Why should you care about academic customer service and hospitality? Two simple reasons. First, students care about academic customer service and they act on it. Second, your school's revenue and ability to succeed depend on it. So, if you are in admissions, population management or have any budgetary concerns, or reading the question and nodding as if to say “Yuh why should I care? That’s touchy feely foolishness that businesses talk about. This is not some retail store after all. This is a college, an academic environment, not a business.”
You may want to brush off your resume. If service and hospitality are not top priorities throughout the school, it may have a tough time making enrollment and retention goals. And if population goals are not met, fiscal objectives cannot be met. And, everyone has to be concerned about the school’s fiscal condition. Lost revenue can mean frozen or lost positions, budget cuts, postponed equipment, defrayed maintenance, decreased levels of maintenance… Bottom line, more work and less money.
Quick momentary reality check. Right now, many of you are looking at the population projections for the Fall. Some of you are happy. You'll hit your goals. But from the phone calls I have been receiving, many colleges are concerned that their numbers may not hold or even if they do… They aren’t quite good enough.
For them and even for the successful schools, would an additional 12% increase in potential enrollment have helped? That is the percentage of enrollment lost in the enrollment process due to perceived weaknesses in your customer service. Research shows that 12% of potential enrollment is lost as soon as a potential student who had indicated an inclination to attend makes direct contact with the college. They are not treated well so they do not choose to come to the school. These are enrollments the school had – but lost. All the hard work was done and the money spent to attract the students. Then they came into contact with the campus and... It could been an additional 12% initial enrollment with just a bit additional attention to customer service for students and staff.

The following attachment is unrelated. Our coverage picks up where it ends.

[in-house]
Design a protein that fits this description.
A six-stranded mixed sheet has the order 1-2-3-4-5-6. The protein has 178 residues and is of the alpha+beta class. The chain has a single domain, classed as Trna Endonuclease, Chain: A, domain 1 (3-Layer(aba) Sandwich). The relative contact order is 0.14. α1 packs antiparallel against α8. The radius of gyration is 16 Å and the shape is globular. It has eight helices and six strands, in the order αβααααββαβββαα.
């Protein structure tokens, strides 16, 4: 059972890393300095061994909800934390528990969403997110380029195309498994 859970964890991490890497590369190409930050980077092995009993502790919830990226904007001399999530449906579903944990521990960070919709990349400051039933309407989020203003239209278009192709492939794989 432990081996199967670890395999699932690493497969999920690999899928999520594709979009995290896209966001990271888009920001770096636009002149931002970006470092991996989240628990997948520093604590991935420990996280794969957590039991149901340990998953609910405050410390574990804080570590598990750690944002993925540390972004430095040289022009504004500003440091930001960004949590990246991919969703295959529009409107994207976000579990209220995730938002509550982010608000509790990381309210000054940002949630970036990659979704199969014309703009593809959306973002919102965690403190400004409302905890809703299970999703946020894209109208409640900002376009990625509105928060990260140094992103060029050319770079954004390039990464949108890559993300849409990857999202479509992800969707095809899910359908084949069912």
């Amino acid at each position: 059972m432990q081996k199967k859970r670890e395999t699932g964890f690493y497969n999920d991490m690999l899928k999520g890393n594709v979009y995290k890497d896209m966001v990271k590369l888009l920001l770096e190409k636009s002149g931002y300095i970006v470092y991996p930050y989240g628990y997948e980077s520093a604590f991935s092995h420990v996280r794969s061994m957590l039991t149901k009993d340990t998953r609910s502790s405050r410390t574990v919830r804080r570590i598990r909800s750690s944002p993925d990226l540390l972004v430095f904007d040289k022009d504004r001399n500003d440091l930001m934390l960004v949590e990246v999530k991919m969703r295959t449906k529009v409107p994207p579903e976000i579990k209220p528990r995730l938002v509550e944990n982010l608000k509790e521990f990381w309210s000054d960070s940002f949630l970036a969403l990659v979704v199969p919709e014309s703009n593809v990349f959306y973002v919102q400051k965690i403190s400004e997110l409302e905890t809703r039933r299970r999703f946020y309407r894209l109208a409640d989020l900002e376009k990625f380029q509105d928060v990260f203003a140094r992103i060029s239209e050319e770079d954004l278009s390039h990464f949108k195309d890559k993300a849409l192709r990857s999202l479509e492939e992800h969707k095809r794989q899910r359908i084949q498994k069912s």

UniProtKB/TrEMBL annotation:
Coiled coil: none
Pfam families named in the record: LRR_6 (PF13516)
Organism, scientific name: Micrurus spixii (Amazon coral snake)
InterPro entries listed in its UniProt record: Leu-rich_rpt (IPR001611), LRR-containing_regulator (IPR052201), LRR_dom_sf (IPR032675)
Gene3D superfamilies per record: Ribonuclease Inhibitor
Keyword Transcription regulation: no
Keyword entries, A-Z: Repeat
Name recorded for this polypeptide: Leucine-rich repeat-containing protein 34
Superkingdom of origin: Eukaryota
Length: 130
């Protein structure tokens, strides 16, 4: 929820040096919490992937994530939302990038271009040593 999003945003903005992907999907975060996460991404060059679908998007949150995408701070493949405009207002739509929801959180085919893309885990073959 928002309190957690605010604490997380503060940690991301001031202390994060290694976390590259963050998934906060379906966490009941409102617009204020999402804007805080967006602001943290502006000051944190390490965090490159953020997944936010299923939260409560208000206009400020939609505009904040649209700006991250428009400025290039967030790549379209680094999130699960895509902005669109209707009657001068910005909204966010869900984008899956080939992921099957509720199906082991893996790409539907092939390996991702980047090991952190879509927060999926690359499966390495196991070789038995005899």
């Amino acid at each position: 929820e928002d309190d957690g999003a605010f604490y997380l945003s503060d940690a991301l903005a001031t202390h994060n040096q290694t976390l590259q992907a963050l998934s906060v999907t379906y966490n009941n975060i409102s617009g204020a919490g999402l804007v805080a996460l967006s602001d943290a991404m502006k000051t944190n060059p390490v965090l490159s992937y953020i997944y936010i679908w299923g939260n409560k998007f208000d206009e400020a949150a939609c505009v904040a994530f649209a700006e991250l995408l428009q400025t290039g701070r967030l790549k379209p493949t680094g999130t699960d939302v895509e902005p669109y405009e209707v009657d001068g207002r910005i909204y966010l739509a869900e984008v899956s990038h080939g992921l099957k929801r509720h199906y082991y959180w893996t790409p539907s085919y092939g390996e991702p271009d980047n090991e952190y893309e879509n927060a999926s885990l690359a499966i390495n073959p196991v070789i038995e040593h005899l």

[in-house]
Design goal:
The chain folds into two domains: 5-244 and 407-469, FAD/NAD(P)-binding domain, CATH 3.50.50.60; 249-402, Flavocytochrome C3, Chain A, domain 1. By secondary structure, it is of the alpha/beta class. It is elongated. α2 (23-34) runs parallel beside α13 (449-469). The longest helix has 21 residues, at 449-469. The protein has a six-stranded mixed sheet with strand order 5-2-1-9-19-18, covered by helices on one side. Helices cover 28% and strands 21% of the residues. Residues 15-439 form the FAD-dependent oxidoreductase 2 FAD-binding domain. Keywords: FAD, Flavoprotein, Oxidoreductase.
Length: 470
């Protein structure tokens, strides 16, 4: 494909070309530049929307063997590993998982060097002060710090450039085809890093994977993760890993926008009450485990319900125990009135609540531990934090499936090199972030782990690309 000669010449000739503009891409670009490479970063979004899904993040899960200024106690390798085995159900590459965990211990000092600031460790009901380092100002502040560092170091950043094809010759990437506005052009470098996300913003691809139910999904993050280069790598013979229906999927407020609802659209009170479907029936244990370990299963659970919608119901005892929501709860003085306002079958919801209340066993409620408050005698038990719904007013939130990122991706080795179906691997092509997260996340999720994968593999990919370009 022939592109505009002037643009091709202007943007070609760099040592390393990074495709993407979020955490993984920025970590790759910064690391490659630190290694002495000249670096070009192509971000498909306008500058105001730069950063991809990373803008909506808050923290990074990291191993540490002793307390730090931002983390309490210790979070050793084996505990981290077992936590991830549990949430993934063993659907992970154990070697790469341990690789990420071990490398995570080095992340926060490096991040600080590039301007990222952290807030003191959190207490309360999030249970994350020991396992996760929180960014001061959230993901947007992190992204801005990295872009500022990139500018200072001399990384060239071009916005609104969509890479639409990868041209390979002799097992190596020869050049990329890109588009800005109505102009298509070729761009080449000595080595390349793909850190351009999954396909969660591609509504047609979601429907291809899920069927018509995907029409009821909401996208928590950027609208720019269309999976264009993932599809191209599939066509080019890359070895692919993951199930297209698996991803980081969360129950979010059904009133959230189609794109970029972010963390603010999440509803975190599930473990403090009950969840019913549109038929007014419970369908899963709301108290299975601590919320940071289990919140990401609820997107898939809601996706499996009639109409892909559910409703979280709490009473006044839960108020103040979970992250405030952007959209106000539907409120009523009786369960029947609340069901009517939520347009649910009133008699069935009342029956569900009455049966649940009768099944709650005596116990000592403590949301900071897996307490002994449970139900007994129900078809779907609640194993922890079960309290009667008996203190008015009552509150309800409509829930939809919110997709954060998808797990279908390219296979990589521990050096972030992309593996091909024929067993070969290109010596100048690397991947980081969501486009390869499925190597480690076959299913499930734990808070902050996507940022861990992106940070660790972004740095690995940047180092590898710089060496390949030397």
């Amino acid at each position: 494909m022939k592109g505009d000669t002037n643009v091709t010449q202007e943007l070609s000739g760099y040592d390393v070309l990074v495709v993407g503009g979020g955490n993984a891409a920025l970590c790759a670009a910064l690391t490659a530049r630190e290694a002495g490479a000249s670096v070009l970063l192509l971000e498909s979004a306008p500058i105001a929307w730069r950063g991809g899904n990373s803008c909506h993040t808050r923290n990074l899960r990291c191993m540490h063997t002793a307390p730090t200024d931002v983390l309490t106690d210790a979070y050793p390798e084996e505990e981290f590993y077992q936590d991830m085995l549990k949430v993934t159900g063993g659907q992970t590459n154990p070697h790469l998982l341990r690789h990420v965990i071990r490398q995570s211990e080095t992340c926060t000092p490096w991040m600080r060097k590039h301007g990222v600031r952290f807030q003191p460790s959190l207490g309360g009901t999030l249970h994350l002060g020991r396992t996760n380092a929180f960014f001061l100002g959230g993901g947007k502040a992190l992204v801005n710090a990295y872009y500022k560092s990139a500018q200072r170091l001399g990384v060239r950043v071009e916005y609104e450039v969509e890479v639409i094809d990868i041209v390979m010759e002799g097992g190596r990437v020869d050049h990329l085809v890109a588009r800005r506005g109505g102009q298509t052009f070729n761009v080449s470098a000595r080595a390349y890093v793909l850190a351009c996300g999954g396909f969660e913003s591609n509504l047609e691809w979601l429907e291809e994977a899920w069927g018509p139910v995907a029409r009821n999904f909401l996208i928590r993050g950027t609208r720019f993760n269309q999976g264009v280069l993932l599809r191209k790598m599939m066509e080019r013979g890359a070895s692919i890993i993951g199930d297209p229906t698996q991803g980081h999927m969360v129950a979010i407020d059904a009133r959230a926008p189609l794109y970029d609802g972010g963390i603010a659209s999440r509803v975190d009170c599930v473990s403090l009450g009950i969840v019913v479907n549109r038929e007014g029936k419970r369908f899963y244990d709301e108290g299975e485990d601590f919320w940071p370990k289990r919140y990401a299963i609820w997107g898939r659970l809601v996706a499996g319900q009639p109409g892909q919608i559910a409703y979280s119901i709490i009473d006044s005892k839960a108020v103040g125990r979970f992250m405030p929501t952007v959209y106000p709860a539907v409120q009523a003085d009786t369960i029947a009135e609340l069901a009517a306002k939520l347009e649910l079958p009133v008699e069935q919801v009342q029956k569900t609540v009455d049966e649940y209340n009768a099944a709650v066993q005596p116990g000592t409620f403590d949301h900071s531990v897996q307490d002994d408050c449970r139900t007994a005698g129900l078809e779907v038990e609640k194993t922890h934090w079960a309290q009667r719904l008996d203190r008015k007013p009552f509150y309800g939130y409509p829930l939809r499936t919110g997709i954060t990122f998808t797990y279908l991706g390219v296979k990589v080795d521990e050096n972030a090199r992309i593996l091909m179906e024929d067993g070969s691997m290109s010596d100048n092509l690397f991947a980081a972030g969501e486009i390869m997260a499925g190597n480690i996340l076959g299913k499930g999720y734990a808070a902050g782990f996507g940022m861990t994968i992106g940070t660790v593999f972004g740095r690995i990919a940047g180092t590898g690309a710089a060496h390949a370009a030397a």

Would an additional 12% make for easier meetings with your staff, colleagues, supervisors, Board members…. Twelve percent more?
Take your projected enrollment, multiple it by 12%. Than multiply that number by tuition cost. That number, those revenues are not touchy feely. That is a clear statement about the value of customer service at the college now.
And not to scare anyone, but customer service will have a 76% affect on your ability to retain the students the school just worked so hard to bring in. Seventy-six percent! You do the math.
Here is the formula: Multiply your total population x your annual attrition percentage which by the way is all students that leave independent of what year they are in. (Too many schools calculate attrition rate on freshman year losses which does not account for the fact that schools lose students from all classes all the time.) . That will tell you the number of students you lose each year. Multiply that times your tuition (or if you want to be a bit conservative times a semester's tuition) That'll tell you how much money you are losing from students dropping out of school. Now multiply that large number by 76% which will tell you how much money you lose from poor or weak customer service to students.
So if a school had 1000 students at the national average of 48% it loses 480 students annually. Multiplied by a tuition of $10,000, the school is losing $4,800,000 a year. (Even assuming that the losses take place after they pay for the first semester that is at least a loss of $2,400,000.) Multiply that by the 76% lost due to poor customer service and we can see that weak academic customer service accounts for $3,648,9000 a year.
—Neal Raisman is president of N.Raisman & Associates. He can be reached at nealr@GreatServiceMatters.com.